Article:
Taken and significantly condensed from https://stackoverflow.com/a/41156/584947

0

There is a way to create tokens which is cannot compromised but can be used for authentication too.

Create a token which is combined:

base64(username + expiration + other values for client + 3des encoded(usename, expiration, source ip, browser identitifier, other values for client))

The client can use the token to authenticate the request, for example the usage of JSON Web Token (RFC 7515).

On server side the keys which is used for 3des encoding can be rotated with time, as the token. Every request contains token for authentication and every response contains the same token or a new one before the expiration.

In that case token contains user name so on request authentication only have to check the 3des encoded part is valid or not (same as the , the source of request ip is same. In this case if somebody stole the token the usability of token is more limited as a session id. You can compose other identifiers to token, like browser etc. Harder to fake request, because the attacker have to fake more things - which is unknown for him, because he doesn't know what is on encoded part of token. (As a matter of fact there is no perfect security, only can make harder to crack)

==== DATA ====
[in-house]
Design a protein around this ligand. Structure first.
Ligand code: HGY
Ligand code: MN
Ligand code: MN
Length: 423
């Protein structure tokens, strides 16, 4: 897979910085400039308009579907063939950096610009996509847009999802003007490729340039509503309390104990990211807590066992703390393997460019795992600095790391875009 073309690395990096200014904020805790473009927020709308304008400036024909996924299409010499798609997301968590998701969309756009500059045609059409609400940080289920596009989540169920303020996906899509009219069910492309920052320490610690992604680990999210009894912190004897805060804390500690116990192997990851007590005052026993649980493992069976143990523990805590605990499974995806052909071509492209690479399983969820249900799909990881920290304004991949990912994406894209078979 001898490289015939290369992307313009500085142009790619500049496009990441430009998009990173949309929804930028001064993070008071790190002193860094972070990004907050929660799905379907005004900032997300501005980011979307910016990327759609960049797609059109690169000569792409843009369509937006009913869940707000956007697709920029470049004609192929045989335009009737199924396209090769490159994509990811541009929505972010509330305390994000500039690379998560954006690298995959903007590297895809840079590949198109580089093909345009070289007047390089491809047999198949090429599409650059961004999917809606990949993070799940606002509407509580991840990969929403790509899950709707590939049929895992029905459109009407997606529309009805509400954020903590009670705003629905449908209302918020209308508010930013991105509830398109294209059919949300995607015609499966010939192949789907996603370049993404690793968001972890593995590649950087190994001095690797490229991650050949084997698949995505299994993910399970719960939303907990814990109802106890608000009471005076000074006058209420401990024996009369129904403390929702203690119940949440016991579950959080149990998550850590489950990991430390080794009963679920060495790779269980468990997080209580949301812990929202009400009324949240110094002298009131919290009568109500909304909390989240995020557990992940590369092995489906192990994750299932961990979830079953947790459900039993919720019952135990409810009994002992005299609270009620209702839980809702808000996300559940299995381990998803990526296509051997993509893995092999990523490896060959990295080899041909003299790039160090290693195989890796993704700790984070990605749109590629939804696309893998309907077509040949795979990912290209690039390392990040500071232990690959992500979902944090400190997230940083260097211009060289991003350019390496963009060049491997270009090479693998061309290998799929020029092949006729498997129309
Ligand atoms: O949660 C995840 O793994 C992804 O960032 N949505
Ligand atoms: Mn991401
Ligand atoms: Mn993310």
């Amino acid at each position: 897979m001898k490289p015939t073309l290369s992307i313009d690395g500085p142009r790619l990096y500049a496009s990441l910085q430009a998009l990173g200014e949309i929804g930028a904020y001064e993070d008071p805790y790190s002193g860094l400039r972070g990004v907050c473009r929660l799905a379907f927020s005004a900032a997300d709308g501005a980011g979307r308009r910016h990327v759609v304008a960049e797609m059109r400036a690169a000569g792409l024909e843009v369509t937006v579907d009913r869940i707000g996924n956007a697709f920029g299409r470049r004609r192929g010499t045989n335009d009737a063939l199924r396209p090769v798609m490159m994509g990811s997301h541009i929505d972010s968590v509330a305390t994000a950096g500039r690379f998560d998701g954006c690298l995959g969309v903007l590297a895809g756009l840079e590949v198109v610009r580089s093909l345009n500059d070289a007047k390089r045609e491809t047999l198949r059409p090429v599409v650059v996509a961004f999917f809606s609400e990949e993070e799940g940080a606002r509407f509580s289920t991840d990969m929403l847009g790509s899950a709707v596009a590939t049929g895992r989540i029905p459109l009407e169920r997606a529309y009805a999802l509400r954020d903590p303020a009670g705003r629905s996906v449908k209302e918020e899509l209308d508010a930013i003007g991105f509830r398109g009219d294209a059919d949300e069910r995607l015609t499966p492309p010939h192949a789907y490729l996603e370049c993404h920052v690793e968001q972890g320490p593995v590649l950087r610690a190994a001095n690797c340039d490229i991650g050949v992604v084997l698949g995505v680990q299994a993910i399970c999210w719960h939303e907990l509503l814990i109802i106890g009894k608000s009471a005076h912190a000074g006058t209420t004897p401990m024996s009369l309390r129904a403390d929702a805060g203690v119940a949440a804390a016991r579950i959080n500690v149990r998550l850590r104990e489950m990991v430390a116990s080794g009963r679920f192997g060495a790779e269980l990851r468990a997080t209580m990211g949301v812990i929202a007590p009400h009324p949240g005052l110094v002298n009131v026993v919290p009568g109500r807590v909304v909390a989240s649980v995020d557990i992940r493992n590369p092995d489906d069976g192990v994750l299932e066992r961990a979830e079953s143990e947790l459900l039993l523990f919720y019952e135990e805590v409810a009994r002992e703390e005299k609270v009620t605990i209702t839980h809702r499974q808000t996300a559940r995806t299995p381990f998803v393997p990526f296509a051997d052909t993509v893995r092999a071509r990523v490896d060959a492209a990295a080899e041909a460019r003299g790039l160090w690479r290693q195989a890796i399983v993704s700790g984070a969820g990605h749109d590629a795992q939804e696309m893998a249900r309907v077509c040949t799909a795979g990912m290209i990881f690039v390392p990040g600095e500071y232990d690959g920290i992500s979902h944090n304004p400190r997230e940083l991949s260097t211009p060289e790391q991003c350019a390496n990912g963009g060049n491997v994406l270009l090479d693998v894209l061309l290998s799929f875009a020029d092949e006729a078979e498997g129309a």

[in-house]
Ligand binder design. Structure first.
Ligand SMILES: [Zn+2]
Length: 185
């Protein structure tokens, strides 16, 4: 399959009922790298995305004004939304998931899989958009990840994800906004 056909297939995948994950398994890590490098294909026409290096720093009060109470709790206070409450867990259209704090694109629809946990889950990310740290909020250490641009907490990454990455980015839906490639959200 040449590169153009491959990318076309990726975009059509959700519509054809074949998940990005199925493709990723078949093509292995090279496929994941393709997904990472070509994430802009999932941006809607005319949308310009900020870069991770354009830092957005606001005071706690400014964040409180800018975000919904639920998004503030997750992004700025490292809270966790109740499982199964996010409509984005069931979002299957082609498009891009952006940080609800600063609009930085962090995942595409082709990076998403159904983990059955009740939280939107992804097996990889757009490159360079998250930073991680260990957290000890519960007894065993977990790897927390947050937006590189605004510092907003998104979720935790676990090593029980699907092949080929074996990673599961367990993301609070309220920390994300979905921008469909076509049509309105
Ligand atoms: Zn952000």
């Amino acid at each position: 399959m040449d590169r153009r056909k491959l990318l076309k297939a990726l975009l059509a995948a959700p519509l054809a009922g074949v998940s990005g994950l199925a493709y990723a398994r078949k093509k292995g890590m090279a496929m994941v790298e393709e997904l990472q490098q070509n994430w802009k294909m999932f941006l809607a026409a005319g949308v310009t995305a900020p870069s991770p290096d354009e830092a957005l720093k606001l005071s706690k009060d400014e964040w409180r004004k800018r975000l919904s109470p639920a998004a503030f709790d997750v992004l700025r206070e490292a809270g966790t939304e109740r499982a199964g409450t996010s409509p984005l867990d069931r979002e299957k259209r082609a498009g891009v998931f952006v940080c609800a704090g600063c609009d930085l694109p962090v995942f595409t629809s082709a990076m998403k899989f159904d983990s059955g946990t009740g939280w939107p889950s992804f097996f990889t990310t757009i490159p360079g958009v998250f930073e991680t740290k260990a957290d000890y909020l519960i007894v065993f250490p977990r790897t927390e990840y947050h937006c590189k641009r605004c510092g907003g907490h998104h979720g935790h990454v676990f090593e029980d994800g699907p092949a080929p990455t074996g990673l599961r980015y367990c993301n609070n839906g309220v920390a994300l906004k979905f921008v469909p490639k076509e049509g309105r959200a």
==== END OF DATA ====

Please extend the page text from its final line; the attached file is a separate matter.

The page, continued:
The pros of this solution are:

  • Every piece is standard, but not the whole together and the attacker have to know the implementation details to be able to attack.